In a way, this book reminds me of the style of Garrison Keillor and the Prairie Home Companion. I might be totally wrong in this, but it’s just the feel I get from the book.  The pictures Leif Enger paints are wonderful, especially to someone that grew up around these times (early 1960’s). Even though I don’t regret growing up in Florida, this book touches a side of me that would still like to live in the prairie (or mountain) sections of the country, get up in the morning and go for a ride on a horse, enjoy the wildlife that intersects your path, etc. It’s a lifestyle that has a definite draw for me.

One of the things I really love about this book are the descriptions of the relationships between the kids in the family. The book is told from the perspective of the middle child, Reuben, a 12 year old son. I can so identify with this character. In fact, I found myself envious of the relationship he had with his older brother. Even though I have two older brothers, I never felt close to them growing up. Just a fact of being six and seven years apart. And his relationship with his younger sister is funny. She is the smarter one, but not in an arrogant manner.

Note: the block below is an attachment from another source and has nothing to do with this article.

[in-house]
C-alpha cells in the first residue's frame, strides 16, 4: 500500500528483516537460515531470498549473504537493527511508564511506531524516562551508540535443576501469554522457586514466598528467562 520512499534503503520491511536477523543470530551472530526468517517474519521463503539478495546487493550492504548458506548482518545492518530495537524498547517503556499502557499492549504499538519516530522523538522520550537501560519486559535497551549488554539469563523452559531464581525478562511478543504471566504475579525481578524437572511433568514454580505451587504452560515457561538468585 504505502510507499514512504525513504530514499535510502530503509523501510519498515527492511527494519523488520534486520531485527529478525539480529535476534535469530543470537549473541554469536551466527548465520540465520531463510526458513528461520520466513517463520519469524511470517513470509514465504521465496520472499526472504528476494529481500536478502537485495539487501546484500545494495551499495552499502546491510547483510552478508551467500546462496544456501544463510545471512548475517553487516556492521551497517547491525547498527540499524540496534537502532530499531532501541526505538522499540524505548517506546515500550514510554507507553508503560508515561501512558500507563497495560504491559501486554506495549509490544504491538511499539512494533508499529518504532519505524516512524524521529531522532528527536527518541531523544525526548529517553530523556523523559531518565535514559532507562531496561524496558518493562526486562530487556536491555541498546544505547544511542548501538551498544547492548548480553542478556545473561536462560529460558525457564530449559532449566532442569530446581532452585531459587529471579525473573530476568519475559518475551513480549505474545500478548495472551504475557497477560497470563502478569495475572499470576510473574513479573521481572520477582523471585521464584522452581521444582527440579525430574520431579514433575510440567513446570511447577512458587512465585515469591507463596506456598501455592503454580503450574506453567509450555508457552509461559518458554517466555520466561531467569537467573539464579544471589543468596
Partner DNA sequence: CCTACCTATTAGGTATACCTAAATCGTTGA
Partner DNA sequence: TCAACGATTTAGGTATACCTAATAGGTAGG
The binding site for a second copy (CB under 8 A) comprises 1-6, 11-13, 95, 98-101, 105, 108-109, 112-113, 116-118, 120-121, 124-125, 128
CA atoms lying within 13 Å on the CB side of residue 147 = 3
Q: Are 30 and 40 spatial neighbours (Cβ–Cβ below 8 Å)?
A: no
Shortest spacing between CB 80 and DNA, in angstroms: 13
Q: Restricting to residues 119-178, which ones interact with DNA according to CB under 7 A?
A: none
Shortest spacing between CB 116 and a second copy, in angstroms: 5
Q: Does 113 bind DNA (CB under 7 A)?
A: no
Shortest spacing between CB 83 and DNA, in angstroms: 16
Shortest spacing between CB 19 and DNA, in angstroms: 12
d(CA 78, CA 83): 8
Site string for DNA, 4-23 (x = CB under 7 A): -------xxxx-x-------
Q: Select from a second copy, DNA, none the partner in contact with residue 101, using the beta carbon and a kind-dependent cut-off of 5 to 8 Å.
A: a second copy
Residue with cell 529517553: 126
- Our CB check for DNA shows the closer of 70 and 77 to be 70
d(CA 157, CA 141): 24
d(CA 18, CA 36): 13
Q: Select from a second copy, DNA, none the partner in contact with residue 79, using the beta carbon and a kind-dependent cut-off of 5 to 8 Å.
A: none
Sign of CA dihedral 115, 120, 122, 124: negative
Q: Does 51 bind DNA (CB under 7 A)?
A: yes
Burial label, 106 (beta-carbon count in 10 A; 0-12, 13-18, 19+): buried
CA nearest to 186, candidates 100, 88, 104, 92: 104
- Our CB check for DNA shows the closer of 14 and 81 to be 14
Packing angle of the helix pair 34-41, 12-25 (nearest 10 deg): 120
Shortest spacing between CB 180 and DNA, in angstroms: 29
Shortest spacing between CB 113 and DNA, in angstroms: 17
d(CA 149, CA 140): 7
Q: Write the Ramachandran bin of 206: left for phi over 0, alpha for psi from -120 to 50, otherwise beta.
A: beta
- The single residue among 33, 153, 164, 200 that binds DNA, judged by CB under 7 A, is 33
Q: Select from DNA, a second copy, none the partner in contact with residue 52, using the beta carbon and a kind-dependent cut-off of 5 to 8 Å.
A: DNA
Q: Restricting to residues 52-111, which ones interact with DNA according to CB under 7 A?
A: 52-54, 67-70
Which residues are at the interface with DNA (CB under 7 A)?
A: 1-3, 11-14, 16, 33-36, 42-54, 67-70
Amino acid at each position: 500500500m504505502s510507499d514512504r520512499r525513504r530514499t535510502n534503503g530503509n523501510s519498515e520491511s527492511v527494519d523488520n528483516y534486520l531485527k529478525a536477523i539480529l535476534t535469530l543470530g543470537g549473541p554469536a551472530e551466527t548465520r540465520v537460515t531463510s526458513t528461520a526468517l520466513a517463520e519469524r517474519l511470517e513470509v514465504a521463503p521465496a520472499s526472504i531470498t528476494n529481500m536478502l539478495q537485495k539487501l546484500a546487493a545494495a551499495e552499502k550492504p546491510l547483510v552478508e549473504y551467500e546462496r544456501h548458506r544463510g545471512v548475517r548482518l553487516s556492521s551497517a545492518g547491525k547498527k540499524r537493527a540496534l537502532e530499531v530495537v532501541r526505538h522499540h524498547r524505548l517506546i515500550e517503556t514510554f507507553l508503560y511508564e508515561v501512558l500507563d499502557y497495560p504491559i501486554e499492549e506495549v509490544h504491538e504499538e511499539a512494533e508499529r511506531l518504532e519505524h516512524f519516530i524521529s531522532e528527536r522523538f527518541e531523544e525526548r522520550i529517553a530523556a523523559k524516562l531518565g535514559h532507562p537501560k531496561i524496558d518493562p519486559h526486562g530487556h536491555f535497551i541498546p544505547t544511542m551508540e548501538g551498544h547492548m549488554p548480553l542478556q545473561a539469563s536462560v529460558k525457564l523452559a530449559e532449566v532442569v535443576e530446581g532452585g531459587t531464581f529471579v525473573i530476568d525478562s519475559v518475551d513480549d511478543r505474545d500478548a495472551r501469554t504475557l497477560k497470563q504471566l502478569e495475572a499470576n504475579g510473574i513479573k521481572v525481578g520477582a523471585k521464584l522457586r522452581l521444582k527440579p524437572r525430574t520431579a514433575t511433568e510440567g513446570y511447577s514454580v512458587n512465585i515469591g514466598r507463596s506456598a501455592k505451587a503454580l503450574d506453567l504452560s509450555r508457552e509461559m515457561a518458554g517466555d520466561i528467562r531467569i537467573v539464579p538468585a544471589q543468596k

The father is someone I would really aspire to be like. Very dedicated to God, prayer, and Bible study. Whenever the father was stressed, you always found him at the kitchen table, reading the Bible or talking with God. I am really envious of that relationship. All too often, I let the day-to-day things of this world to invade that relationship.

I really don’t want to discuss the plot of the book too much for fear of ruining it for you. If you’re looking for a book to read around the fire this coming Christmas season, I can’t recommend this book more highly. The mental pictures painted by the author are truly enjoyable and heartwarming.

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